LONDON (TCA) — Recent reports from various sides concerning the increasing lack of cash flow for Daesh (IS) in the Near East due to difficulties in its Turkish oil smuggling chain add a new dimension to the already existing threat of extremist forces’ concentration in Afghanistan bordering the southern republics of Central Asia. Ever increasing assessments of the area’s world-class gold mining reserves must have drawn the attention of gang leaders of Taliban, Al-Qaeda and Daesh looking for alternative baits and a motive behind their “spring offensive” in Afghanistan and beyond.
The danger zone includes two “gold powers” in the area, both of which share a border with Afghanistan and are under direct threats of incursions from either individual or combined terror groups: Tajikistan and (most of all) Uzbekistan. This in turn once more reveals the true face of the Taliban, Daesh and their likes. Their bait in Central Asia: gold – easy to melt and then to smuggle to the market where its origin cannot possibly be traced back.
Tajikistan gold output
Tajikistan, which shares a long and ill-guarded border with the northeastern Afghan provinces, has assessed reserves in the order of 500 tonne of refined gold, according to a fresh report by Asia-Plus posted on January 6 this year – even though ongoing exploration points at amounts closer to 1,000 tonne. Almost immediately after its independence in 1991 civil war broke out, which intensified with the Taliban seizing power in Afghanistan in 1996.
Mining had continued throughout the war and was boosted from 1.1 tonne to 2.7 tonne of end product between 1997 and 2000.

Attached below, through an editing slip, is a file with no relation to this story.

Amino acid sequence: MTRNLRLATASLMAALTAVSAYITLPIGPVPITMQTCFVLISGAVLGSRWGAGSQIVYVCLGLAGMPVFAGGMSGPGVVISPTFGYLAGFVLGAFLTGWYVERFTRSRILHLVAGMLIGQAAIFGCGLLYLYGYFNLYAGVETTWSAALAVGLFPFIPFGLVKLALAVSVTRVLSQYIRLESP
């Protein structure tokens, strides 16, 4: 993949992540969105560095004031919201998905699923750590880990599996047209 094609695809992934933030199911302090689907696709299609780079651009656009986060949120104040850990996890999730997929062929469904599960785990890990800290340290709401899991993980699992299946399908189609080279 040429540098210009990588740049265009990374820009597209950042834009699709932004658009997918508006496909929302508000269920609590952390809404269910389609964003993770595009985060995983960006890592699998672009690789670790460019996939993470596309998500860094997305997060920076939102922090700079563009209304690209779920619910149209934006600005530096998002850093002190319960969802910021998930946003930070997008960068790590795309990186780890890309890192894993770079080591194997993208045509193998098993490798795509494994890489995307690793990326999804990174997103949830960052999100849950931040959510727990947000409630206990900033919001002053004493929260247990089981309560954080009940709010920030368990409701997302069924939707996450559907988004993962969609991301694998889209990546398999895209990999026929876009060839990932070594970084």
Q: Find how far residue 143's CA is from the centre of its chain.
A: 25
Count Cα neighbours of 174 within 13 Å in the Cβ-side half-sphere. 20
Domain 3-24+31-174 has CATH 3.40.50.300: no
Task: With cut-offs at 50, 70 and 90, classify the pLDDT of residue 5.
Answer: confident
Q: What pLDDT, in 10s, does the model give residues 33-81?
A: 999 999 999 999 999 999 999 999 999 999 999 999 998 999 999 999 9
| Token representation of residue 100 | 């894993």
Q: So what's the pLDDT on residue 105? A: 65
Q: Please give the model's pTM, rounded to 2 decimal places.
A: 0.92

Tajikistan’s annual gold production is believed to come close to 3 tonne these days, while explorations in “virgin” areas add an annual 100 tonne to prospective geological reserves. The 28 gold fields under exploitation in Tajikistan are operated, respectively, by the state company Tilloi Tojik (Tajik Gold) and two joint ventures – namely the Tajik-Chinese JV Zeravshan Gold Company (ZGC); and Tajik-Canadian JV Aprelevka. Should as expected gold sales prices reach $1,500 per troy ounce in the course of this year, Tajikistan could be sitting on gold worth roughly 50 billion in US dollar. But the richest mining area is located in the province of Sughd, right on the border with Afghanistan where all the danger lurks.
Uzbekistan: the largest gold mine in the world
But the biggest bounty for the black-clad pirate armies lies in, or rather under, Uzbekistan where untapped gold reserves are believed to come close to 10,000 tonne of refined product – more than the USA has stacked away in Fort Knox and about one-seventh of the estimated amount of corporate-owned gold stored in the dungeons under Manhattan. Around 3,500 tonne of the Uzbek reserves is located in the desert of Kyzyl-Kum in the central part of the country, while a similar amount has been assessed in the area between Samarkand and Tashkent to its east.